News ID: 275281
Published: 0231 GMT October 09, 2020

With pandemic dominating US election, older voters turning away from Trump

With pandemic dominating US election, older voters turning away from Trump
REUTERS
US President Donald Trump speaks outside the White House, where he is being treated for the coronavirus disease (COVID-19), in Washington, US, in this still image taken from social media video released on October 8, 2020.

Many older Americans have turned away from US President Donald Trump this year as the coronavirus ravages the country, eroding an important Republican support base that helped propel him into the White House in 2016, Reuters/Ipsos polling data shows.

Trump and his Democratic opponent Joe Biden now split American voters aged 55 years and older almost evenly: 47 percent say they are voting for Biden on November 3 while 46 percent back Trump, according to Reuters/Ipsos national surveys in September and October.

That could be an alarming sign for the president, who trails Biden with 25 days to go before the election.

Republicans have relied on the support of older Americans in national elections for years, routinely benefiting from a demographic that consistently shows up in force on Election Day.

Trump won the 55-plus age group by 13 percentage points in 2016, according to exit polls. Mitt Romney, the Republican presidential nominee in 2012, achieved the same margin.

Reuters/Ipsos state polls also show Biden outperforming Hillary Clinton, the 2016 Democratic presidential nominee, among older voters in a handful of battleground states, where seniors make up an outsized proportion of the electorate.

Winning those states will be critical to the outcome of the 2020 race: Whoever takes the most battleground states will be on track to win the Electoral College and the White House.

Biden is beating Trump among older voters in Wisconsin by 10 points and drawing about the same amount of support as Trump is with that demographic in Pennsylvania, Michigan, Florida and Arizona, according to the state polls conducted in mid-September and early October.

Four years ago, Trump won older voters in each of those states by 10 to 29 points.

Half of the older voters in the five battleground states blamed the high number of COVID-19 cases and deaths in the country – nearly 7.6 million cases and more than 210,000 deaths – on “poor leadership and policy decisions from president Trump”, the polls show.

Randy Bode, 59, a Republican in Douglas, Arizona, who voted for Trump in 2016, said he was disappointed with Trump’s suggestion that people could protect themselves from COVID-19 by drinking bleach.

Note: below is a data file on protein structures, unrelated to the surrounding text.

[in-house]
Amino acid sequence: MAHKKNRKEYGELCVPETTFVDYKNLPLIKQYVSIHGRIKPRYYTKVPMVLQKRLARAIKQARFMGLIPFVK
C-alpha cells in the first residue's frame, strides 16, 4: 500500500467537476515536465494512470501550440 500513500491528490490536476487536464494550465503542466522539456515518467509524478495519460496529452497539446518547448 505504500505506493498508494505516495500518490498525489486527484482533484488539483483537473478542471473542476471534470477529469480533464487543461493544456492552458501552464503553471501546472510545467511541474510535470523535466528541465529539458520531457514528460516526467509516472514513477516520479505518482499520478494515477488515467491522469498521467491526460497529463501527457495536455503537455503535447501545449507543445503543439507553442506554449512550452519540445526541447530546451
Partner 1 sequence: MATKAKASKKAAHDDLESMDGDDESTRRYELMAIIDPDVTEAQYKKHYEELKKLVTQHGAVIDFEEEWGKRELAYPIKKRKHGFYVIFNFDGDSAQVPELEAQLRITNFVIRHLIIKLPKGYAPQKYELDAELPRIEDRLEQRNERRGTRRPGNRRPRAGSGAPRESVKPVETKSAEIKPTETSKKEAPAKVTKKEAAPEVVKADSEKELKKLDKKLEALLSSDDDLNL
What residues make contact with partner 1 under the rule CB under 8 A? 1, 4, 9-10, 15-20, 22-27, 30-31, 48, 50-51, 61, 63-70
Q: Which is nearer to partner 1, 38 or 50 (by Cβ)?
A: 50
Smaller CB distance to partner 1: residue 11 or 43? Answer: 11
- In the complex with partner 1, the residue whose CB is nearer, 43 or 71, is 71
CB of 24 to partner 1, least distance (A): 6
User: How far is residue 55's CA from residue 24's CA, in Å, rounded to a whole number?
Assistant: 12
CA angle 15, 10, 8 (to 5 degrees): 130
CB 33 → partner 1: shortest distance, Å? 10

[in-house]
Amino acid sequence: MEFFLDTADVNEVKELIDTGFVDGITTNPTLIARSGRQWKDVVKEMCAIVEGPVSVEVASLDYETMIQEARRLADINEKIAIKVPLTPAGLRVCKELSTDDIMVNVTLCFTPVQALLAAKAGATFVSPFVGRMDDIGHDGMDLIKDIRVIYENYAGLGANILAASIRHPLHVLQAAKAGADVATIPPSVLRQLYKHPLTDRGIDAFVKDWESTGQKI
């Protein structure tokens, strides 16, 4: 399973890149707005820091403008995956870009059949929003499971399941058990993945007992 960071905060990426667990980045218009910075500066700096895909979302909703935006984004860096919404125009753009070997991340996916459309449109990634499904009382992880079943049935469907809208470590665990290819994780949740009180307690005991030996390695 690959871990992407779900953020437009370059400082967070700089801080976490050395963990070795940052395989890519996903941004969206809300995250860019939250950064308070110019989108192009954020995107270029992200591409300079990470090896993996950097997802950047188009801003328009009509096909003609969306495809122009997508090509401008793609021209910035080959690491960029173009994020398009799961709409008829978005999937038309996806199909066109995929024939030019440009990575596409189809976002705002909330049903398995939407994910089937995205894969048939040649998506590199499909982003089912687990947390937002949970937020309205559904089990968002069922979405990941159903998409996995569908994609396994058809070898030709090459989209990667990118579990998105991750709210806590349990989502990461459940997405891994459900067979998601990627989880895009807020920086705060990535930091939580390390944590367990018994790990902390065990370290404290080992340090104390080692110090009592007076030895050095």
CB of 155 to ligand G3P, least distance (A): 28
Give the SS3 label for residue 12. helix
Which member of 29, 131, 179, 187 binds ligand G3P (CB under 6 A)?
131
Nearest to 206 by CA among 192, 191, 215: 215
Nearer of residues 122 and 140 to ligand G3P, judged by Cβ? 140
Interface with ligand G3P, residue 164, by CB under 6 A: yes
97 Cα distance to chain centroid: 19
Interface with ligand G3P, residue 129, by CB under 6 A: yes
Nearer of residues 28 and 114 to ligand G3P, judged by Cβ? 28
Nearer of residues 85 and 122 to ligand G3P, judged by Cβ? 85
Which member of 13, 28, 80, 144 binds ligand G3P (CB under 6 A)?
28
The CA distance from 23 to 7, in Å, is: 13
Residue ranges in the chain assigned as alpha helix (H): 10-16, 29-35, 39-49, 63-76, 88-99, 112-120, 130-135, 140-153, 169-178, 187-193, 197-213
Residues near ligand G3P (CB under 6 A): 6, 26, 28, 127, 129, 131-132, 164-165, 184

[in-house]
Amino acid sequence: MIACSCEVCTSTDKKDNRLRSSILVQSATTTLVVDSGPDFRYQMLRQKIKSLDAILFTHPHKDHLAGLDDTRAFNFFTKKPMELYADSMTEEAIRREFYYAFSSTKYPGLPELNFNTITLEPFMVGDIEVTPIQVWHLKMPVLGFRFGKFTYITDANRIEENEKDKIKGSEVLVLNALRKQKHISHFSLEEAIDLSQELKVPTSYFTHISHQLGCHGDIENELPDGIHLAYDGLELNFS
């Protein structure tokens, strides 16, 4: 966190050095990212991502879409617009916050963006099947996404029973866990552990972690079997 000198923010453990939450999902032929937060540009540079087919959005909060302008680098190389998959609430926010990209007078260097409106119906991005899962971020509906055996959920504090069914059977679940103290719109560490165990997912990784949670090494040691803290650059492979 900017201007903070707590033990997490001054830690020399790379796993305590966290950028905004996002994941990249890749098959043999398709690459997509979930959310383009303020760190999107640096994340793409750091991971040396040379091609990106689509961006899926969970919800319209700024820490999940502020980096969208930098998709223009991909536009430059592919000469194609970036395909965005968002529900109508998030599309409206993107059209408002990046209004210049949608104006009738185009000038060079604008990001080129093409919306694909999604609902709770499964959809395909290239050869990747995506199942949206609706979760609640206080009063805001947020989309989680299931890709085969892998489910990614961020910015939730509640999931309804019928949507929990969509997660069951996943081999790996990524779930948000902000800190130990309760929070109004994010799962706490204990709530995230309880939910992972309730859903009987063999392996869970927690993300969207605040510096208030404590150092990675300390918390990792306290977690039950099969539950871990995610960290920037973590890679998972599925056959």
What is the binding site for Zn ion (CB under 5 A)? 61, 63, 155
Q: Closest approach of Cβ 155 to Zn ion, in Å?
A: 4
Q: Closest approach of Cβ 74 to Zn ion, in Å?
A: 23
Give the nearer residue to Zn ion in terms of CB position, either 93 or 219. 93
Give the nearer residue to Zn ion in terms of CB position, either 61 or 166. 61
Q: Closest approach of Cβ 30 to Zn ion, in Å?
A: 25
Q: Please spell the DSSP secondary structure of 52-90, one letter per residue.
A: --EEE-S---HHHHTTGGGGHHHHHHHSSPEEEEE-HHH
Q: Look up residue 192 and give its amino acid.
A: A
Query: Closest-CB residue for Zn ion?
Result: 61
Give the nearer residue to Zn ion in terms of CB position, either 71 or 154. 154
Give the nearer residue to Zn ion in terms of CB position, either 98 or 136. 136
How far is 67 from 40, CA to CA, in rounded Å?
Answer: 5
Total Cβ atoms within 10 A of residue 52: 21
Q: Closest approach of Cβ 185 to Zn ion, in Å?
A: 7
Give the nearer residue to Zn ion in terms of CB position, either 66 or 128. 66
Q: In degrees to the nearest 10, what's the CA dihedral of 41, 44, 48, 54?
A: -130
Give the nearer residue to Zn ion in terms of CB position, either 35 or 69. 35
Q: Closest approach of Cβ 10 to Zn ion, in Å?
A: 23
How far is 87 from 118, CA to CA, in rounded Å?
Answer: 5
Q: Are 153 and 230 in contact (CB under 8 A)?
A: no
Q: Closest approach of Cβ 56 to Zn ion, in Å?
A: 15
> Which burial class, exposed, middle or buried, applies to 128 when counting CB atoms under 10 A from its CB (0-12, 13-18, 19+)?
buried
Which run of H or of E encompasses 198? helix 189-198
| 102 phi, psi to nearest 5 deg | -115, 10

“He shouldn’t be saying the things he’s saying” about the coronavirus, he said.

Bode, who is now undecided, is also concerned about Trump’s efforts to repeal the Affordable Care Act and how that would leave millions of Americans without health insurance during a health crisis.

“He’s had four years to come up with a plan, and he hasn’t done it,” he said.

 

Deteriorating base

 

Trump’s standing with older Americans has deteriorated this year as the novel coronavirus swept the country, closing thousands of businesses and overwhelming the health care system that seniors rely on more than others.

Sixty-one percent said this week in a national Reuters/Ipsos poll that they disapprove of the president’s handling of the coronavirus, up 12 percentage points from May. And Trump’s net approval for his response to the virus dropped among all Americans to its lowest level since Reuters started asking the question in early March.

Among older Americans, 83 percent were concerned about the threat that the coronavirus poses to their personal health and safety.

Trump’s contraction of the virus has added to the worries about his mishandling of the pandemic.

On October 2, Trump revealed that he and the first lady, Melania Trump, had tested positive for the coronavirus.

 

Therapy completed

 

On Thursday, however, Trump’s physician said the president had completed his course of therapy for the coronavirus, had remained stable since returning to the White House, and could return to public engagements today (on Saturday).

Dr. Sean Conley said in a memo released by the White House that Trump had responded “extremely well” to treatment.

 

Virtual debate refusal

 

News of Trump’s recovery comes as he has refused to take part in a virtual TV debate with Biden.

The commission organizing the debate in Miami on October 15 said it would have to take place remotely after Trump tested positive for coronavirus.

Trump's refusal sparked a day of wrangling about how and when any further debates would take place.

At the moment, it appears a debate could take place on October 22, although in what form remains to be seen.

The first presidential debate on September 29 had descended into insults and interruptions. The vice-presidential debate, held on Wednesday night between Mike Pence and Kamala Harris, was a far more measured affair.

 

 

 

   
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Resource: Reuters
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